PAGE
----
Modern canning on an electric stove can be a problem if you have a glass top stove. Most manufacturers don’t recommend canning on these surfaces because the high heat can crack the glass top. Many water bath canners have grooves in the bottom that let heat build up and reflect back on the heating surface.

Some older models of gas stoves don’t have burners big enough to produce enough heat to sustain boiling a large water bath canner for an extended amount of time. We tried canning rhubarb this year on Ron’s gas stove top and it just wouldn’t get hot enough around the perimeter of the canner to cause it to boil.

So, what’s the answer? I am going out on a limb here because every source says never to use a turkey fryer for your canning heat source. OK, with that fact stated and, if anyone has any reservations, I would not recommend this method. I am just going to state our experience.

We have used a turkey fryer successfully for water bathing and a little pressure canning. There is one absolute rule doing it this way: DO NOT WALK AWAY. I am guilty of cooking something and walking away and doing other chores while something is heating, frying, etc. This is not an option when using a turkey fryer as a heat source.

The advantage to this method for me is that it keeps the heat and the mess outside the house. Especially with a water bath canner, once it starts to boil, it inevitably boils over which is not good for any stove top. Outside, this is never a problem. I simply sit in a lawn chair and adjust the gas flow to regulate the heat. Bonus here, I get a small break while keeping an eye on it!

Photo by Lois Hoffman

Quick Tips for Home Canners

I have heard comments, especially from those who live in the city, that they think they can’t can because they don’t grow their own produce. Farmers markets may even be a better source for home canning than personal gardens because you can buy the amount you need all at once instead of waiting for it to ripen. My last option would be going to a grocery store or supermarket but they are still viable options if you have no others.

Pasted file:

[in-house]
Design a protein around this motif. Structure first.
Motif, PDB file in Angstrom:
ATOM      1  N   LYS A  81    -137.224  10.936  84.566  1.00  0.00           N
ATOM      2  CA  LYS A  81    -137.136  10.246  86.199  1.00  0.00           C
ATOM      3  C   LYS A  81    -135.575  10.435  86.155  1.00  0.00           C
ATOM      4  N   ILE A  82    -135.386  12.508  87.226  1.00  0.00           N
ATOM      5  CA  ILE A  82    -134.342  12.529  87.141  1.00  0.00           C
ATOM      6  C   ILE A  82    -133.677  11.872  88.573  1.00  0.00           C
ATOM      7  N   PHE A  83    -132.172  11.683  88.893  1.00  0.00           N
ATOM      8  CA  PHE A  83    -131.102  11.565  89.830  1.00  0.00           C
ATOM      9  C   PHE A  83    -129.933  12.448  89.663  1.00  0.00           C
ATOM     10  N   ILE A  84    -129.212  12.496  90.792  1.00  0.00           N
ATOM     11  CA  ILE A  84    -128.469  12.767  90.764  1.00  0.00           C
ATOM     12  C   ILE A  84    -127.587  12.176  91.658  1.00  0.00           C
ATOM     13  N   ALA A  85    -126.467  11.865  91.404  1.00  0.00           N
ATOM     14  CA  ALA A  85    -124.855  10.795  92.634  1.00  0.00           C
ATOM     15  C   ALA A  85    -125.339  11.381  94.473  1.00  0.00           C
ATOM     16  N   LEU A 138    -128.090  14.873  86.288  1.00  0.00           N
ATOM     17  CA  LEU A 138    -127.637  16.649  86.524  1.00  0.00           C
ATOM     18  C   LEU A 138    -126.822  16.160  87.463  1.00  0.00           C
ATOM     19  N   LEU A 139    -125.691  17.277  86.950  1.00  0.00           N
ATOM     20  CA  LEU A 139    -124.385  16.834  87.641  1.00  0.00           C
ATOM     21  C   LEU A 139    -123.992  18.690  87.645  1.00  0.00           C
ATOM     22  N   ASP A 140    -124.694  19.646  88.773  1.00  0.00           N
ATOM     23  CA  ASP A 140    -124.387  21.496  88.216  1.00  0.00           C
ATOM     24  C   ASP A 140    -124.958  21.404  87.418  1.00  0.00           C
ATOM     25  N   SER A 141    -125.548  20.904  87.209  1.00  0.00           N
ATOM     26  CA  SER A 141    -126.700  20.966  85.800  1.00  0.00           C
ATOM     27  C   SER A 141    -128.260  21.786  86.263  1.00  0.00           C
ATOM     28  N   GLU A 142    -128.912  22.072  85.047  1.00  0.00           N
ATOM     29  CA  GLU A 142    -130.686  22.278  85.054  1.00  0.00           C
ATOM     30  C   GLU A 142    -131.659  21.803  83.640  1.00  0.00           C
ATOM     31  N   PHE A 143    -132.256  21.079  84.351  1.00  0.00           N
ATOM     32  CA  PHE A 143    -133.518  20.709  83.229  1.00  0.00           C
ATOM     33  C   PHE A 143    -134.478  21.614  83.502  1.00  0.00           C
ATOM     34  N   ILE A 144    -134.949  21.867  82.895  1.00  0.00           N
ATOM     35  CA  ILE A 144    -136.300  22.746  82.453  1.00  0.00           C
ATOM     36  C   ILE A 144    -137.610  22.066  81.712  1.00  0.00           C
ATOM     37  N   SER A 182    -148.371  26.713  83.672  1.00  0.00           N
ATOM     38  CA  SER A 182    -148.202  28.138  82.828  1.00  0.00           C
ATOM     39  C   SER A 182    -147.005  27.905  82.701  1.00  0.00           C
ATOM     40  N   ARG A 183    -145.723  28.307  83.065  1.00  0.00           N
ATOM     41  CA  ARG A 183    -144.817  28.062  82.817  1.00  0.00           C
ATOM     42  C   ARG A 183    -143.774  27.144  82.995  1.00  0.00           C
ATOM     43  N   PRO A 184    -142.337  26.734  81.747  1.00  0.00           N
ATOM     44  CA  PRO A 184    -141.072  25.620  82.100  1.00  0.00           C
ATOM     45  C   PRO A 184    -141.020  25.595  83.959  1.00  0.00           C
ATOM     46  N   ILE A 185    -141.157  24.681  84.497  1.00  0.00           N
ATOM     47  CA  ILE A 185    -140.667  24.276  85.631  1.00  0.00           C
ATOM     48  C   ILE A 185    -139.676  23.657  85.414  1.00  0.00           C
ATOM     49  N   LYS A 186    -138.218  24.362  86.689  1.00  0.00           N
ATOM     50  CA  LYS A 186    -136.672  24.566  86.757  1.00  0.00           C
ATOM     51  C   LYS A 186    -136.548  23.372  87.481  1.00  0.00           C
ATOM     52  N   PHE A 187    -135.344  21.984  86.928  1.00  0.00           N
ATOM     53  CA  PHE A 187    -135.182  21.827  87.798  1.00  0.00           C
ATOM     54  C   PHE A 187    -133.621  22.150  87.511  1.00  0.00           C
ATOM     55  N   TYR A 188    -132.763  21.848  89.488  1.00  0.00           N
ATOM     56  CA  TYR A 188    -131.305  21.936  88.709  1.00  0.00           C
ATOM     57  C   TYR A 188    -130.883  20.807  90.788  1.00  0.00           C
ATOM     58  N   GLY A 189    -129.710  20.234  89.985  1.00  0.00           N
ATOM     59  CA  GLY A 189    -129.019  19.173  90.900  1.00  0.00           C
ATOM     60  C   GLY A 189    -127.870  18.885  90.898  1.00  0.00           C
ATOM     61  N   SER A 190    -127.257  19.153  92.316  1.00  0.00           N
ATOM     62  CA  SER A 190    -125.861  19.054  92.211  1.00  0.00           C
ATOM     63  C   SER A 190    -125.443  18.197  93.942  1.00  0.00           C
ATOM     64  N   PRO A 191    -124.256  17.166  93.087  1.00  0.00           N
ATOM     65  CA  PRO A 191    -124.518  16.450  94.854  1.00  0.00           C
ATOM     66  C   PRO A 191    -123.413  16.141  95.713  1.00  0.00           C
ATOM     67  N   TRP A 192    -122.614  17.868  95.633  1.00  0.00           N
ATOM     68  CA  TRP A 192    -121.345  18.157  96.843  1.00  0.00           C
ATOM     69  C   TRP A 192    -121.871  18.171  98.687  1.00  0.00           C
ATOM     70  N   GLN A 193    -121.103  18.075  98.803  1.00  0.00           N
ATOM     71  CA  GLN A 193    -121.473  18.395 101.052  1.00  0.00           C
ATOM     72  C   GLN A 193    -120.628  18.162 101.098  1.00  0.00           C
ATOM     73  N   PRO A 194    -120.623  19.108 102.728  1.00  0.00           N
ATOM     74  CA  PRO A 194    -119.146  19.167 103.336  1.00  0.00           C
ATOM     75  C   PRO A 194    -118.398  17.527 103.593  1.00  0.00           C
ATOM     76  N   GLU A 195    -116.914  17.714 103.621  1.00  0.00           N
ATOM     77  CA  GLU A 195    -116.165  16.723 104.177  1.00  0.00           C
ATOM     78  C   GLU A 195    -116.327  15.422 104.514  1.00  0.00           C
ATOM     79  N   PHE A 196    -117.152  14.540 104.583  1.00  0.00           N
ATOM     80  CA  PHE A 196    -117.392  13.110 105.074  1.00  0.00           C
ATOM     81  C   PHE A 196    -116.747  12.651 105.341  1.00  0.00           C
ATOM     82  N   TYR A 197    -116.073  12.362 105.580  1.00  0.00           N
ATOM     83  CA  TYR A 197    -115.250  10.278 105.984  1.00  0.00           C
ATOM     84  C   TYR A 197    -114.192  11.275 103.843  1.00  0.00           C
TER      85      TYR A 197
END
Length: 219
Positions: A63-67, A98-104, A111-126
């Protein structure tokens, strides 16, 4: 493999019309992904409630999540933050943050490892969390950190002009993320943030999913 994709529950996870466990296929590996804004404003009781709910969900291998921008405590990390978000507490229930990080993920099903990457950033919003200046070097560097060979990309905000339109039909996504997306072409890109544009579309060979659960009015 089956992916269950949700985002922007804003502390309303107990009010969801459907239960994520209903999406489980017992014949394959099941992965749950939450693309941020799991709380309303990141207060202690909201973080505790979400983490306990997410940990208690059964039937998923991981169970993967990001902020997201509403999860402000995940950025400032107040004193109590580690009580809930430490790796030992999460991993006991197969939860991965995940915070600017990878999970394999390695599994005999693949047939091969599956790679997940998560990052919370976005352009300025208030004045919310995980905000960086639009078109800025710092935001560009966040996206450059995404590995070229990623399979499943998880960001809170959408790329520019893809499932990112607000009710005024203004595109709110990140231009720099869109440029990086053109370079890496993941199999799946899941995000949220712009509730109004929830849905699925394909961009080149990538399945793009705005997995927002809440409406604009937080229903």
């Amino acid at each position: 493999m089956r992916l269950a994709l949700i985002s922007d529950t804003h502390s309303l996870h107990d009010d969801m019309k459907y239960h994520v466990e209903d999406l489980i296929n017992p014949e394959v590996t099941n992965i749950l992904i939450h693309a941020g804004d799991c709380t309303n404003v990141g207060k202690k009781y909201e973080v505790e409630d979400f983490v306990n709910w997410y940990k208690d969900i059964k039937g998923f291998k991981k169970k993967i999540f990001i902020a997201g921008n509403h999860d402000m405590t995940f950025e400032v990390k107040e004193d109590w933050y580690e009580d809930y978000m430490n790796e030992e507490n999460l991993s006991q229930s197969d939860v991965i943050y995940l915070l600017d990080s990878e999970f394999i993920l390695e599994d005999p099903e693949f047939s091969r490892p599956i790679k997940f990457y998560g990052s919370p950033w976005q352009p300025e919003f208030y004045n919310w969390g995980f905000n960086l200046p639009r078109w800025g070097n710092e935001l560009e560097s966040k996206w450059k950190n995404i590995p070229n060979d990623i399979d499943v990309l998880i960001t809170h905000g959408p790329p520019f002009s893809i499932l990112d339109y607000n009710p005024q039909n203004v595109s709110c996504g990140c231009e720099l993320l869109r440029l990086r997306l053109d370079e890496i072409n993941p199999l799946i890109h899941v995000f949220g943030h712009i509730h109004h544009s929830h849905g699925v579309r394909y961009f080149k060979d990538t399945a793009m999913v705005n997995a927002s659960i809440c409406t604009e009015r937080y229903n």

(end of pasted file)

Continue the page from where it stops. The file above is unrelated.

Even old pros learn something new everyday. For starters, I used to peel tomatoes by the hour to can pasta and pizza sauce, salsa and plain tomatoes. Now, I just wash and chunk them and stew them for a few minutes then throw them in a food processor. The skins hold phytochemicals like quercetin and kaempferol, so besides keeping those, it saves a lot of time peeling them. However, I would not recommend doing this for making tomato juice.

When canning peaches, I always disliked ending up with jars two-thirds full no matter how tightly I packed them. After doing some research, I discovered that dropping the peeled peaches in hot syrup and boiling for two minutes takes the air out of them which will leave a full jar after processing. I was skeptical, thinking that boiling them would only make them mushy. But, lo and behold, it worked. Old dogs can learn new tricks!

Home canning isn’t for everyone but, for those of us who do have a passion for it, the real satisfaction (besides eating the preserved foods!) is in preserving our own harvest, knowing what’s in the food and seeing the finished product lined up on the pantry shelves. It doesn’t get any better!

Photo by Lois Hoffman

Lois Hoffman is a freelance writer and photographer covering rural living with more than 20 years of experience, contributing to Successful Farming, Country, and Farm & Ranch Living. She lives on a 37-acre hobby farm in Michigan. Read all of Lois’ GRIT posts here.

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Updated on Aug 31, 2021  |  Originally Published on Aug 24, 2021